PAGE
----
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These novels are all set in Indianapolis. The first two include characters from my other Indy series but OUTSIDE IN and OH JOE stand alone.

UNDERDOG’s central character, Jan Moro, is what you and I might call homeless but he wouldn't use such a word himself. He thinks of himself simply as an entrepreneur who travels light – free of the encumbrances of mortgages and house repairs and taxes the rest of it.

But one thing Jan does have is an ear for a story. He sees life as a series of stories to be heard and a stories to be told. He's a lot like a fiction writer that way. And he also has a quick eye for a profit-making opportunity, and one of those situations is what gets us going in this book.

In the “Boston Sunday Globe” Geoffrey Stokes wrote, “But be of good cheer, brothers and sisters, for a new Michael Z. Lewin has arrived. For…[years] Lewin has been quietly turning out a remarkable series of distinctly skewed detective novels set in Indianapolis. In the process, he’s developed a terrific repertory company, some of whom play significant roles in his latest, UNDERDOG… [Jan] Moro’s daily life is beautifully and unsentimentally captured, and the plot is Lewin’s usual surprise stew. So I would like to say that Lewin’s virtues have long been undervalued. He is as witty as Robert B Parker, as ingratiating as Sue Grafton and as crafty a plotter as either. Unfortunately I can’t… [because] the quote it lifted from a Washington Post review of a previous Lewin effort.”

AND BABY WILL FALL focuses on Adele Buffington, who is a social worker. For six novels she was the nameless woman friend of PI Albert Samson, so I figured after that long she deserved a novel of her own. She also knows Leroy Powder.

Although the book received a lot of positive attention its first editor - at Morrow - hated it. He said that women would never use language like Adele does, and that a woman in a steady relationship would never be attracted to another man.

Uh huh. I guess I know different women...

Here's what Marilyn Stasio said about it in The New York Times:

"Quietly, women authors have been introducing to the amateur mystery female sleuths who do more between adventures than get their nails wrapped. Now comes another sleuth, created by a male author, who can stand tall in this gathering crowd. Adele Buffington, an Indianapolis social worker, conducts herself like a mensch. She shows courage when a hulking intruder steals privileged information from the agency where she works. She uses her brains and initiative in linking the break-in to a larger pattern of events that includes, in addition to the murder of a fellow social worker, the criminal victimization of people who are too young, too old, too unsophisticated or too stupid to protect themselves. The caring heart that she wears on her sleeve also puts her in the same compassionate company as Lieut. Leroy Powder and a private eye named Albert Samson, the heroes of Mr. Lewin's two other Indianapolis crime series. For a while, it looks dicey when he sets his new heroine off on a romance with Homer Proffitt, the police detective who is assigned to the case. But, to Mr. Lewin's credit, he uses the partnership primarily for the contrast it offers between the feisty social worker's urban liberalism and the down-home cop's 'country wisdom.'"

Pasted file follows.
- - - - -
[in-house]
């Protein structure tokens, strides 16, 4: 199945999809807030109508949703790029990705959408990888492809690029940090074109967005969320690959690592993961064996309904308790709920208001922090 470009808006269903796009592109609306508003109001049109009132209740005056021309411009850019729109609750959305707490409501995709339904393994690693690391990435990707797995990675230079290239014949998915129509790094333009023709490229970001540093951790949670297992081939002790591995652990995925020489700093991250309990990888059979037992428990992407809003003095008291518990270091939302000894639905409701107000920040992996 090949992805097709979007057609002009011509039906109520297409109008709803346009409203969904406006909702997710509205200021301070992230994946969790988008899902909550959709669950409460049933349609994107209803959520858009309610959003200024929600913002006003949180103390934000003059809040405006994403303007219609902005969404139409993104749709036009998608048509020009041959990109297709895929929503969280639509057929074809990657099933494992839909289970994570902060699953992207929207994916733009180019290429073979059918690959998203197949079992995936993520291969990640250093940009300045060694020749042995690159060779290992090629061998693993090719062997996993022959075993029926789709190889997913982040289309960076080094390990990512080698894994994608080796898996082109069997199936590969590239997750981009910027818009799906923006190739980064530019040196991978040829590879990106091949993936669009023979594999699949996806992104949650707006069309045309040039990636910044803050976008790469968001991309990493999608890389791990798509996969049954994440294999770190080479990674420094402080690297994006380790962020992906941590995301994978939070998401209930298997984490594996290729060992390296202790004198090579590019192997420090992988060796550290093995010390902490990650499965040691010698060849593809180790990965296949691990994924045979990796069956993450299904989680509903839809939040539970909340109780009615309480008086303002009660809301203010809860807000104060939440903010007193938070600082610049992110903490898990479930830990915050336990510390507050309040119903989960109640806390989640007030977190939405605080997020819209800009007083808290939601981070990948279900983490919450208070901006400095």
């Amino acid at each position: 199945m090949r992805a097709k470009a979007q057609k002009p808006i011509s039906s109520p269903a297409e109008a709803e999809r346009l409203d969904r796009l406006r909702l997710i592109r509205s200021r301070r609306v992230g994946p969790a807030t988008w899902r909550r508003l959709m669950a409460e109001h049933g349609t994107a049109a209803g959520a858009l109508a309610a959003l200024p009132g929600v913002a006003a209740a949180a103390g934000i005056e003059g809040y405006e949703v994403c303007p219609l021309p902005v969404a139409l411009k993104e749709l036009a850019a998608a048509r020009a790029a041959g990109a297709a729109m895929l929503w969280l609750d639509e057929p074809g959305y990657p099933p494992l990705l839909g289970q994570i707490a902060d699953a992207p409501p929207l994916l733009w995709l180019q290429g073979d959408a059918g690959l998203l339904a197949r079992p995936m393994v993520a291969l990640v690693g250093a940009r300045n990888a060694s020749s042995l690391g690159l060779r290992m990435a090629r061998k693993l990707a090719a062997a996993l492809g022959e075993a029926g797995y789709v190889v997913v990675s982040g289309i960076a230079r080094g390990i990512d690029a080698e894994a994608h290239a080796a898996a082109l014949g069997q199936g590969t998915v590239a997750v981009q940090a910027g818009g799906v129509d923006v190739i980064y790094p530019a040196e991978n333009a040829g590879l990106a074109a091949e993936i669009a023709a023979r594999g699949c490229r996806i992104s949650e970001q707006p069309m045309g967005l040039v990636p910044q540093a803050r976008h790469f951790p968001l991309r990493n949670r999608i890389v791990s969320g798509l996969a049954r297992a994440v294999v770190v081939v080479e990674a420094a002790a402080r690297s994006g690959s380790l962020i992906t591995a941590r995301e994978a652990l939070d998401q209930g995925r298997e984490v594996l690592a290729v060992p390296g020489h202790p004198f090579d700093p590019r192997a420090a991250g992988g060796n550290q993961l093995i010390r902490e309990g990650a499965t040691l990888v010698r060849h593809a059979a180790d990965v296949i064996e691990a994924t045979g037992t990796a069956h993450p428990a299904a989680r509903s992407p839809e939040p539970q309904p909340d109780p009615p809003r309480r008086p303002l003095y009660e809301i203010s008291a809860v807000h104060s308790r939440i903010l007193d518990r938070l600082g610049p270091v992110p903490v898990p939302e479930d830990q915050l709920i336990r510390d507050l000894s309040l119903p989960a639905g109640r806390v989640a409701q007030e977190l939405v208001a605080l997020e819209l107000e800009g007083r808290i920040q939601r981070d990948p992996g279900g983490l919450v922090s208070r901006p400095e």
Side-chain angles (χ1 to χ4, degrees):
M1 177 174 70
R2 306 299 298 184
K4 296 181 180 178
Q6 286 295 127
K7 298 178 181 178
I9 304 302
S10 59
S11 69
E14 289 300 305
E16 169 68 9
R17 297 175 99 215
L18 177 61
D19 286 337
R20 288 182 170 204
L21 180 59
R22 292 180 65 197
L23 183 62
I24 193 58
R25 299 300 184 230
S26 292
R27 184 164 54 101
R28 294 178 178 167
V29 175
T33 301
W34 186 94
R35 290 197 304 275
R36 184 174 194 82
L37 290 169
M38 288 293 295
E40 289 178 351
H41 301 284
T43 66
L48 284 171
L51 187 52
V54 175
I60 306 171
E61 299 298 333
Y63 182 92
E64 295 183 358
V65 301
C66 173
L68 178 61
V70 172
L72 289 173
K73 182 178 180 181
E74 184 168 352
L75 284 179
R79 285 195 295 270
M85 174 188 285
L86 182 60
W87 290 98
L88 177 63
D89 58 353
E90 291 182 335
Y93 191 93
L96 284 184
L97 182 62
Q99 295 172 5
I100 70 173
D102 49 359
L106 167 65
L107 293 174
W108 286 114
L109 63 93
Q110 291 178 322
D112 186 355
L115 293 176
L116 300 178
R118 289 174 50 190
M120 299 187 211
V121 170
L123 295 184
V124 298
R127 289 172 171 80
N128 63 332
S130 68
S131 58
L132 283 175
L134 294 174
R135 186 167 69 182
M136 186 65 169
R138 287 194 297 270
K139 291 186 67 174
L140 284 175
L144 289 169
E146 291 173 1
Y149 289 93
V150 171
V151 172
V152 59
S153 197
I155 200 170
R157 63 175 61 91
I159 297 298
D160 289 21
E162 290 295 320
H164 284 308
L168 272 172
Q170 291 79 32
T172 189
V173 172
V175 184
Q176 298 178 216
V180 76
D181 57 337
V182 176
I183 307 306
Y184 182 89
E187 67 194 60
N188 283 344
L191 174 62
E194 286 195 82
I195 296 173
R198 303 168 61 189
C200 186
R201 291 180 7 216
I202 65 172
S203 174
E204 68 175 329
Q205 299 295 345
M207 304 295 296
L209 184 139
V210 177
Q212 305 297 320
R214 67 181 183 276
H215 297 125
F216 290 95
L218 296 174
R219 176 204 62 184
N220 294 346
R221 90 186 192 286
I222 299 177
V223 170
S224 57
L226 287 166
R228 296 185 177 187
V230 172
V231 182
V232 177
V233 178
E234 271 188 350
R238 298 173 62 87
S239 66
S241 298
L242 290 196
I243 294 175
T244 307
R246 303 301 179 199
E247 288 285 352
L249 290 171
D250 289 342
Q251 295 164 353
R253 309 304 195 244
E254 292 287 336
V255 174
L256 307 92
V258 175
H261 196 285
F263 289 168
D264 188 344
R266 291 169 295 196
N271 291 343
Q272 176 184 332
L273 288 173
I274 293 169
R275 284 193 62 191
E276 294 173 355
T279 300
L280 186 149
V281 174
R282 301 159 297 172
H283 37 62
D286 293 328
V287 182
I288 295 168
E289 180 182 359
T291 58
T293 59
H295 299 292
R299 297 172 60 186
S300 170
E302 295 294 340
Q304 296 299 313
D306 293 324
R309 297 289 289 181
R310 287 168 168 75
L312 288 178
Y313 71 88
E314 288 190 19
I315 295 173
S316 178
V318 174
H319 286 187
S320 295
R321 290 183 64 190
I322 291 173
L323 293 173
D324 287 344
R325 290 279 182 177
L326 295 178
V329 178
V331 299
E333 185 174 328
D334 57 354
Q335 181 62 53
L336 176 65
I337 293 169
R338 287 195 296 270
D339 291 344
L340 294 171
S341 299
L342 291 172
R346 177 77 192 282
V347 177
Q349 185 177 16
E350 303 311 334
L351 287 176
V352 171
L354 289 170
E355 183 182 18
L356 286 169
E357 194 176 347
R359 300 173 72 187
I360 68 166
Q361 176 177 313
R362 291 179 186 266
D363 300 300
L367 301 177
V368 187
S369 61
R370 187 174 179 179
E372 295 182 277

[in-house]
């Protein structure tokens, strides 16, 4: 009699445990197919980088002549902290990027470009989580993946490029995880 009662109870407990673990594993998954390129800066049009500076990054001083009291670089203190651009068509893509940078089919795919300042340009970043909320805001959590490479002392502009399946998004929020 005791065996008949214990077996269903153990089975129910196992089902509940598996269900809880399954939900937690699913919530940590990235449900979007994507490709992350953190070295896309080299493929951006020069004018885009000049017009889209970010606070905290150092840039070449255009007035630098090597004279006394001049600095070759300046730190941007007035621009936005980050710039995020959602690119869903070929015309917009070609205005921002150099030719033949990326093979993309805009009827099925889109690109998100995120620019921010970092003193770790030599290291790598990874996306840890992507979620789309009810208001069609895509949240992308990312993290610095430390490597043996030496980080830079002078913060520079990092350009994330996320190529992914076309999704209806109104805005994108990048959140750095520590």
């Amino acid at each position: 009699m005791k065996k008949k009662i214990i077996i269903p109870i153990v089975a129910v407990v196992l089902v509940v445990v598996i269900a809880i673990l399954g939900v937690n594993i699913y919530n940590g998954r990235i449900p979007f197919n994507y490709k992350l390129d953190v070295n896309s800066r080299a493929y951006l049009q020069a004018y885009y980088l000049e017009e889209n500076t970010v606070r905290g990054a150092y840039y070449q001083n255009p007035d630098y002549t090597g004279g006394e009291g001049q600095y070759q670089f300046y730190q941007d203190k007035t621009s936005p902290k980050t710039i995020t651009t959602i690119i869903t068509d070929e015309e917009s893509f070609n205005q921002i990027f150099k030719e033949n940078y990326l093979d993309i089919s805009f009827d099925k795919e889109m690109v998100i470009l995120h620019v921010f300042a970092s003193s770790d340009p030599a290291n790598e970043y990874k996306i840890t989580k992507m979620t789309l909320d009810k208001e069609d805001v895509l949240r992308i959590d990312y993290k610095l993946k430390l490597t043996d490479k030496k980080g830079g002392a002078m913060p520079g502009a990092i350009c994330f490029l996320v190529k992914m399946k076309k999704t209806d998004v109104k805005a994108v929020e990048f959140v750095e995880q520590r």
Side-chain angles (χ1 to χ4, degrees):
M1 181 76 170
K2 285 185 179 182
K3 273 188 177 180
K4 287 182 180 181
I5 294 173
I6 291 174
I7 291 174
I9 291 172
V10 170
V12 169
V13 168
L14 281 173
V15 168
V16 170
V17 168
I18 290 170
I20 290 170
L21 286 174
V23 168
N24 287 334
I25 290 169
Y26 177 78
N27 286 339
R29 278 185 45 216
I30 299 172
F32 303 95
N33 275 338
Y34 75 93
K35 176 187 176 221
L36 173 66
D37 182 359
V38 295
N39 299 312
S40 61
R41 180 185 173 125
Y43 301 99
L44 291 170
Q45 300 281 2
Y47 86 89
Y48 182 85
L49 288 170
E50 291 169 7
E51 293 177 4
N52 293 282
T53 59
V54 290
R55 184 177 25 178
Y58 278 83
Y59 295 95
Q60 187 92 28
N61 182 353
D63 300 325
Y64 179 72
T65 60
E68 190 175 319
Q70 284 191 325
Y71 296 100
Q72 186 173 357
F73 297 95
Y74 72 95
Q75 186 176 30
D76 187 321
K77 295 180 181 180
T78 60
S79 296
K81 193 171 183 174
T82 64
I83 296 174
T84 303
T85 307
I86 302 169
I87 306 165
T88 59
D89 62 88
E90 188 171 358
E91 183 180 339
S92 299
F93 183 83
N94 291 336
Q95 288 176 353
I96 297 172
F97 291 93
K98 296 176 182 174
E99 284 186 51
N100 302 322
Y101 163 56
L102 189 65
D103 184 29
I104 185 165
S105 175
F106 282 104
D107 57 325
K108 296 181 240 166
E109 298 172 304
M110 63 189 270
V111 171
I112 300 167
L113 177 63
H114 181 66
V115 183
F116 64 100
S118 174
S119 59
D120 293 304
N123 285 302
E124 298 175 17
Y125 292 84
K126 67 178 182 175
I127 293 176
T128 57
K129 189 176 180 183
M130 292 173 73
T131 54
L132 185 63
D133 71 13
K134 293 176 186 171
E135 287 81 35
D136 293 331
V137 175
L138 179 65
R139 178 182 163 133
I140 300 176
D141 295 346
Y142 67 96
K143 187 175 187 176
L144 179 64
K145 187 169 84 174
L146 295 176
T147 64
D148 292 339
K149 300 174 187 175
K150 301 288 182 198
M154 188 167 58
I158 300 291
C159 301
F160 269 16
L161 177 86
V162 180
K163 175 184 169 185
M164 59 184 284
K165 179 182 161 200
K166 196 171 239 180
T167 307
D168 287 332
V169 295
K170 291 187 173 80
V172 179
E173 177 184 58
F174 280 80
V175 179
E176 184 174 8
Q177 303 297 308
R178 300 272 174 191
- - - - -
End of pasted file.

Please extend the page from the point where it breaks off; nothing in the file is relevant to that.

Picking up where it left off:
In OUTSIDE IN, Willy Werth is a detective novelist. But the core of the story of this book is watching Willy get involved in a murder that happens in his real life. I was interested in the contrast between how he would handle reality, compared to how he dealt with things like murder in his fiction.

In fact the book originated when a high school friend of mine was murdered. I found myself thinking that I ought to do something. Pathetic: who was I? A writer who lived an ocean away. All I could do was, eventually, write this novel.


Joe Prince's story is one of an attempt at self-improvement.  It began as a short story, but kinda grew, which seems to happen sometimes.  One of the bits I like best in it is an ID parade set up for a dog.